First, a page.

Several TNSM teachers and I traveled to Nashville, Tennessee to participate in the American Montessori Society Conference. It is always a thrilling experience to commune with Montessorians from around the country and world. We were inspired, challenged, and ultimately walked away buzzing with new ideas.
As I read through non-Montessori educational blogs and journals, I have sensed an almost frenzied conversation around what the future of education should look like. Debates and calls to action for a radical new way for children to learn, thrive, and grow whips us into a frenzy. I too can get caught up in it, always self-reflecting on how to prepare children for such a dynamic time and unpredictable future. Then, ultimately, the consensus always lands on a type of education that supports individualized instruction, that gives students the abilities to think critically, and creatively, collaborate, and develop a working memory, flexible thinking, and self control. Oh, right, the Montessori method!
Here are a couple excerpts from a recent article on the future of education that understands the model is already here:
“CNBC ran a story on the “Redesign of the Traditional Classroom,” giving a “peek of what the classroom of the future could look like.” It was no coincidence the majority of footage featured in this story was of a current Montessori classroom on a typical day. Why? Because they talk about classrooms in which students are interacting with one another and their environment, learning at their own pace, while the teacher works with individuals or small groups—core components of a Montessori classroom.
Dr. Steven Hughes, president of the American Academy of Pediatric Neuropsychology, has written and talked extensively about Montessori and brain development. He has suggested that “the Montessori method is like education designed by a pediatric developmental neuropsychologist.” Montessori’s method of education has already been designed to take advantage of these brain discoveries—some of them recent:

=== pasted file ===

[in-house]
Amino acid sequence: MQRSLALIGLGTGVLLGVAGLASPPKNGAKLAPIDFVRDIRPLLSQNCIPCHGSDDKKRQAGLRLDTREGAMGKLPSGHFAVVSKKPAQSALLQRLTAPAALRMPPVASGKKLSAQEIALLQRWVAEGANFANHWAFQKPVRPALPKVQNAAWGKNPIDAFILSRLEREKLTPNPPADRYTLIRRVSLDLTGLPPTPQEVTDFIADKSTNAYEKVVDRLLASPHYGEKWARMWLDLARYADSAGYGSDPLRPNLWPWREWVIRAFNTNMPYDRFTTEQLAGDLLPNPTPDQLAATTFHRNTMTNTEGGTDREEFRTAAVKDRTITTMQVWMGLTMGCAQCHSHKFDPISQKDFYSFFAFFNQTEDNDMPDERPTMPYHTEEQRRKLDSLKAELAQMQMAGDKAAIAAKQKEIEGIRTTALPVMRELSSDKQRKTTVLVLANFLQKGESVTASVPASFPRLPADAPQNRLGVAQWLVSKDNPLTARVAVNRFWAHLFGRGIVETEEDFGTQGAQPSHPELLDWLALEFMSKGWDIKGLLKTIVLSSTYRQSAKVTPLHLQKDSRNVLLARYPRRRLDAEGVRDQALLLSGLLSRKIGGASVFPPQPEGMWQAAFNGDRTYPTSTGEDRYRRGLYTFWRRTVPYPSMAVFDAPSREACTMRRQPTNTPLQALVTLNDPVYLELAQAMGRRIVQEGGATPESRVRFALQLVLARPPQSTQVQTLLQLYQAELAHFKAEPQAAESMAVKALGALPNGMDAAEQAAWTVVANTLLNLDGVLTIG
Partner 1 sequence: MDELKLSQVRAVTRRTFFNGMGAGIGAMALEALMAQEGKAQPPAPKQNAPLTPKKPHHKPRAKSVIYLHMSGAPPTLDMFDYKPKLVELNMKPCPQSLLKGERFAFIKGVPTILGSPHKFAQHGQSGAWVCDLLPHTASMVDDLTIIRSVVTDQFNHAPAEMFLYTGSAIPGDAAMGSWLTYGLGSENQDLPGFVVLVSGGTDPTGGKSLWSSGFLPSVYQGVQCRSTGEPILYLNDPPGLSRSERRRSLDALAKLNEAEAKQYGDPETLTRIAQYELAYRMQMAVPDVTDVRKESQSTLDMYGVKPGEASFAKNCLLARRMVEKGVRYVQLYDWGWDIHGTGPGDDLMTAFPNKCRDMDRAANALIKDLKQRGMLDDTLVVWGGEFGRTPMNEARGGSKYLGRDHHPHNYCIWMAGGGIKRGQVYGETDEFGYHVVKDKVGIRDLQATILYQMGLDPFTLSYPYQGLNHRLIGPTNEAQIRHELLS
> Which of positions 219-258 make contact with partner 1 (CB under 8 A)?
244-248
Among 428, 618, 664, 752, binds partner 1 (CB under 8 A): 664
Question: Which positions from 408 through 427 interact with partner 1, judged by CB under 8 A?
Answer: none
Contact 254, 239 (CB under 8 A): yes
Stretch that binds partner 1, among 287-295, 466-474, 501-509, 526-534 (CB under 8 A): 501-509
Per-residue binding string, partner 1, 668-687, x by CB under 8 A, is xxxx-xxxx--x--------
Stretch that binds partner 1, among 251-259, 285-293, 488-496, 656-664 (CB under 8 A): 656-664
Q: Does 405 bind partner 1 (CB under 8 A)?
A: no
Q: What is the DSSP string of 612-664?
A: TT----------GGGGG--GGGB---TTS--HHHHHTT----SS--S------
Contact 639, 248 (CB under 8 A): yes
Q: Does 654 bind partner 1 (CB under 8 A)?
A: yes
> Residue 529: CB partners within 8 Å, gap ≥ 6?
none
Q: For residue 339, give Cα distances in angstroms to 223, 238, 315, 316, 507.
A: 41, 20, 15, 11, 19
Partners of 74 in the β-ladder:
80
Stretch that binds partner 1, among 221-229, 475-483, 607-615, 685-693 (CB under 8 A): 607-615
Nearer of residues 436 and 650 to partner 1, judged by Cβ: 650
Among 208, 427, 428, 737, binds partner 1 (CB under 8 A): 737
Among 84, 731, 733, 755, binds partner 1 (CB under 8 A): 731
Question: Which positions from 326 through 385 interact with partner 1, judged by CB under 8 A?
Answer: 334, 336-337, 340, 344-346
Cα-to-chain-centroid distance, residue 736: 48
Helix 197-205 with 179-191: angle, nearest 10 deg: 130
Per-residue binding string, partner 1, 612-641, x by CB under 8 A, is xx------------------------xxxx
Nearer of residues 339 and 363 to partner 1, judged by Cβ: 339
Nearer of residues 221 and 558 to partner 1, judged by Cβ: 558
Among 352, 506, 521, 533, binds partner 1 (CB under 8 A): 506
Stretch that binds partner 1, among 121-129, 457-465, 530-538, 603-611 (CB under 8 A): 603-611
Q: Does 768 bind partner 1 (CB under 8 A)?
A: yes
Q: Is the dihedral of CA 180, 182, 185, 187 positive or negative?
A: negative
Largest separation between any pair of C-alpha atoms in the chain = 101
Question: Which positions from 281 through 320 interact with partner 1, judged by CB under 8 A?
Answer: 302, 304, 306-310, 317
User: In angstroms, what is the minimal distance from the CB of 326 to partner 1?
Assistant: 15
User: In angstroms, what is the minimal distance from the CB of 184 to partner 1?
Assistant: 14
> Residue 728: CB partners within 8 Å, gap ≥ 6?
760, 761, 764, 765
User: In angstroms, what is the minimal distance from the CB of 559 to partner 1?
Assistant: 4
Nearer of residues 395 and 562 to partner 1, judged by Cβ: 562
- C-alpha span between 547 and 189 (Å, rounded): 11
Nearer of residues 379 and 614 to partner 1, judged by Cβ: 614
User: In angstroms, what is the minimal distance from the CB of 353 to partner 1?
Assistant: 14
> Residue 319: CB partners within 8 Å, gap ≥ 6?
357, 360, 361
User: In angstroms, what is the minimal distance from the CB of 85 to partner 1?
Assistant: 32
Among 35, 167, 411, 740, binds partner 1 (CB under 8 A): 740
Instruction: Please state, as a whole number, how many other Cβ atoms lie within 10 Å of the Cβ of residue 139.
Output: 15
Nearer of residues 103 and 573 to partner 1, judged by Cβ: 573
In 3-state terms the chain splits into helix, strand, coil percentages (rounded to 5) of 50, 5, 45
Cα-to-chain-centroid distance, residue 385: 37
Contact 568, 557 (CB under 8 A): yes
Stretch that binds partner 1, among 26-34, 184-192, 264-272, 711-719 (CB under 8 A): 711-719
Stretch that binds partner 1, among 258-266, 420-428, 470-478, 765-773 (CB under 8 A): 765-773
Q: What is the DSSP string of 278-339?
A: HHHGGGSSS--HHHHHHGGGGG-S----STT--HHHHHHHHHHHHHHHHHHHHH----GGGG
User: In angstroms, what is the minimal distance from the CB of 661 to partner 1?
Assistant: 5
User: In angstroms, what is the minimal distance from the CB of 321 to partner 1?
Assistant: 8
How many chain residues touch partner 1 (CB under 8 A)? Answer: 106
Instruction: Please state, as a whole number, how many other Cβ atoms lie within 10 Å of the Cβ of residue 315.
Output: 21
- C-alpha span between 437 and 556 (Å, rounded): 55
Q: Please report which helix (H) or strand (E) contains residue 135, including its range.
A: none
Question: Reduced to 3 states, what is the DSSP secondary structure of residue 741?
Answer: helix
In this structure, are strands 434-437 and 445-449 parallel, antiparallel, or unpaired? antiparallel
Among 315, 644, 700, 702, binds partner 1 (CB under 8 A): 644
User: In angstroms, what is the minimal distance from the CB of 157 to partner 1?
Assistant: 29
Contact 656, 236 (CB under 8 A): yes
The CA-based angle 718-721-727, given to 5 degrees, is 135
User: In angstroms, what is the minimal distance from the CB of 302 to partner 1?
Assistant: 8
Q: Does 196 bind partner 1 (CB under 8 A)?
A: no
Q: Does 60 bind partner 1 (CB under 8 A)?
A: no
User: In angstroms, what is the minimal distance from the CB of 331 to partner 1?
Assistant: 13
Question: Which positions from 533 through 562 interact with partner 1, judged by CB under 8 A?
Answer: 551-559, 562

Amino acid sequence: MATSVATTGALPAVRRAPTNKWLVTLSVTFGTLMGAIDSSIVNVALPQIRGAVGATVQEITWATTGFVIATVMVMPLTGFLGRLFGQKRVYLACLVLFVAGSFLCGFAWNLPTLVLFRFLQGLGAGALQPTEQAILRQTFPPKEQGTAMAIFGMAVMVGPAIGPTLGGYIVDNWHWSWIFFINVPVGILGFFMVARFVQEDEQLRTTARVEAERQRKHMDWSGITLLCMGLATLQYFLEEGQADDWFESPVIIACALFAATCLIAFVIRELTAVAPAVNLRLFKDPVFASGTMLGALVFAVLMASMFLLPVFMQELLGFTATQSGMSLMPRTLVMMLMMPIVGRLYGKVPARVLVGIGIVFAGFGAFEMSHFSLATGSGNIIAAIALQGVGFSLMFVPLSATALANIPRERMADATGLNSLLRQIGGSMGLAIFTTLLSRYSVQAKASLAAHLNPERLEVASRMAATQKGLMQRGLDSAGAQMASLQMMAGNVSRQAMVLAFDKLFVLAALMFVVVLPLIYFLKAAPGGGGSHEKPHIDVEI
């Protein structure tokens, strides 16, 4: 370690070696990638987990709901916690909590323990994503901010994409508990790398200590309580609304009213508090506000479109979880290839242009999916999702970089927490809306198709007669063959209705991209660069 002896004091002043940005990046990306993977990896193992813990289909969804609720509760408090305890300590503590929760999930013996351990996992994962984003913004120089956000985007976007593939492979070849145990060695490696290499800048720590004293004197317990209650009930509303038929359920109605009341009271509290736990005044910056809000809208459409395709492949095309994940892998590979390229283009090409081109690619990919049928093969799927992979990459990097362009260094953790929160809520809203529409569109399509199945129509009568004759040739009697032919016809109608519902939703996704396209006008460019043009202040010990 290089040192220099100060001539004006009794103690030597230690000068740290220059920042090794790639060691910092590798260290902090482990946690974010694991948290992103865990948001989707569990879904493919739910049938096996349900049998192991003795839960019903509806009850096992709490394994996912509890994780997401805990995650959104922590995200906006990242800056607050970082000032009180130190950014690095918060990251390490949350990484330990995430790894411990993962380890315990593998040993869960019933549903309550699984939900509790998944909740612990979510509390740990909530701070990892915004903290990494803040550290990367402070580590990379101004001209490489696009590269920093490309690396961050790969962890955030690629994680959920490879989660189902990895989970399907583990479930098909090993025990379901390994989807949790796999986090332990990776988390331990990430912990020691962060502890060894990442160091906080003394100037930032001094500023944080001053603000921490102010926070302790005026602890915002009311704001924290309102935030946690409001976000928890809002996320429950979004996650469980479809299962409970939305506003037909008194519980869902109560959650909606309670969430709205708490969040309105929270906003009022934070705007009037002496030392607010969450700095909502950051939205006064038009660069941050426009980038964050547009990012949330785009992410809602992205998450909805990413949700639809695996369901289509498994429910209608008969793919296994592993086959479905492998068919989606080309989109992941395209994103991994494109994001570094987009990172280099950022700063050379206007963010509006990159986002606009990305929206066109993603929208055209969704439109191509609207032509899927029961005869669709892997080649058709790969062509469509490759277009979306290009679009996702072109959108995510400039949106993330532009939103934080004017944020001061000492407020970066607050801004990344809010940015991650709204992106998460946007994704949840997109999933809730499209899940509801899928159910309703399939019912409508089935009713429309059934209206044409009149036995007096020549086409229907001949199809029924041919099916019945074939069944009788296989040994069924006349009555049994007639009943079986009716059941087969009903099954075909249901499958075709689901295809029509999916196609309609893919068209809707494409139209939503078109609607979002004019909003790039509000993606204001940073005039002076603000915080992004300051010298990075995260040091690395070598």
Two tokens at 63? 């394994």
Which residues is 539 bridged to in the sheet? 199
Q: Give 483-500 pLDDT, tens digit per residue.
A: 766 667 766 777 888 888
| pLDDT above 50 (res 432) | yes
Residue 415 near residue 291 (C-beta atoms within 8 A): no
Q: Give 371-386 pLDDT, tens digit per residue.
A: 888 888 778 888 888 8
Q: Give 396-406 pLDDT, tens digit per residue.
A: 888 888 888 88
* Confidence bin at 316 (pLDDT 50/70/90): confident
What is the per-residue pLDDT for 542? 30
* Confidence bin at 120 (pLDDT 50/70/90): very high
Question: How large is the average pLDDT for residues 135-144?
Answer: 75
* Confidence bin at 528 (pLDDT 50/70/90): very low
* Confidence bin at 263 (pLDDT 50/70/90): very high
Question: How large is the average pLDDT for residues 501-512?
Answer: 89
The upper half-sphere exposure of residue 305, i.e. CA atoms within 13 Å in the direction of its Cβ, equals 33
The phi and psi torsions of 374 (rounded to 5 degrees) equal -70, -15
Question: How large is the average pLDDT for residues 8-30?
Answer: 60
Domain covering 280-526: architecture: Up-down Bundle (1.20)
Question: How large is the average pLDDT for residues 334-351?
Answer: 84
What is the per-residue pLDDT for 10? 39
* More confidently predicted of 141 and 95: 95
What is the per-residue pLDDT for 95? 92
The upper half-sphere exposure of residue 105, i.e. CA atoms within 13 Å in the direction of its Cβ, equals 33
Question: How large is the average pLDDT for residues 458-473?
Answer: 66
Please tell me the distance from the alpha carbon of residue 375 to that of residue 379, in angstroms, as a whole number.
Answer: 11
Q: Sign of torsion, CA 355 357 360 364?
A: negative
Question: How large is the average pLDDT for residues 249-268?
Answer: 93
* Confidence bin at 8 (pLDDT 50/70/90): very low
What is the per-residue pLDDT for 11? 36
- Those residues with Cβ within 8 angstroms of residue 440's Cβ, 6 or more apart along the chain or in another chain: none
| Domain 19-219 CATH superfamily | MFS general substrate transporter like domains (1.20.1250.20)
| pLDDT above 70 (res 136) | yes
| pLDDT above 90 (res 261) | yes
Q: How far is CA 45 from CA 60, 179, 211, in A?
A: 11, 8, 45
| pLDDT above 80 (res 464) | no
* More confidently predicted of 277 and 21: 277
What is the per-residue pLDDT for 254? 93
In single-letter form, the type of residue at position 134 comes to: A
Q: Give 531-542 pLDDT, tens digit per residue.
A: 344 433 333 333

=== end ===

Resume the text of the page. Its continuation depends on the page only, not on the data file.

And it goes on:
- The three-year age grouping in a Montessori classroom follows the development of the brain, categorized by Montessori into planes of development.
- The use of concrete materials in early childhood and elementary Montessori classrooms reflects how the hand is the child’s strongest link to the brain.
- The introduction of sandpaper letters to teach sounds encourages the simultaneous use of the three brain functions known to be involved in learning to read.
- The repetition of activity and multi-sensory materials are designed to solidify neural pathways while opening the way for new experiences.
- The discovery of mirror neurons in the frontal lobe reveals the logic behind Montessori’s classification of ages zero to six as the period of the “absorbent mind.”
The future of education was developed over 100 years ago by an extraordinary woman. Not only did Maria Montessori, through careful observation, develop a revolutionary new model of education, but she gave us a way to feel hopeful about a better tomorrow. By empowering children to be independent, to interact with their environment and others with respect and responsibility, and to discover who they are, the future of our planet can look much brighter. Mahatma Gandhi’s famous quote—“If we are to teach real peace in this world…we shall have to begin with the children”—was in part inspired by his conversations with Maria Montessori.
To be in the company of so many great Montessori teachers and leaders was truly an honor.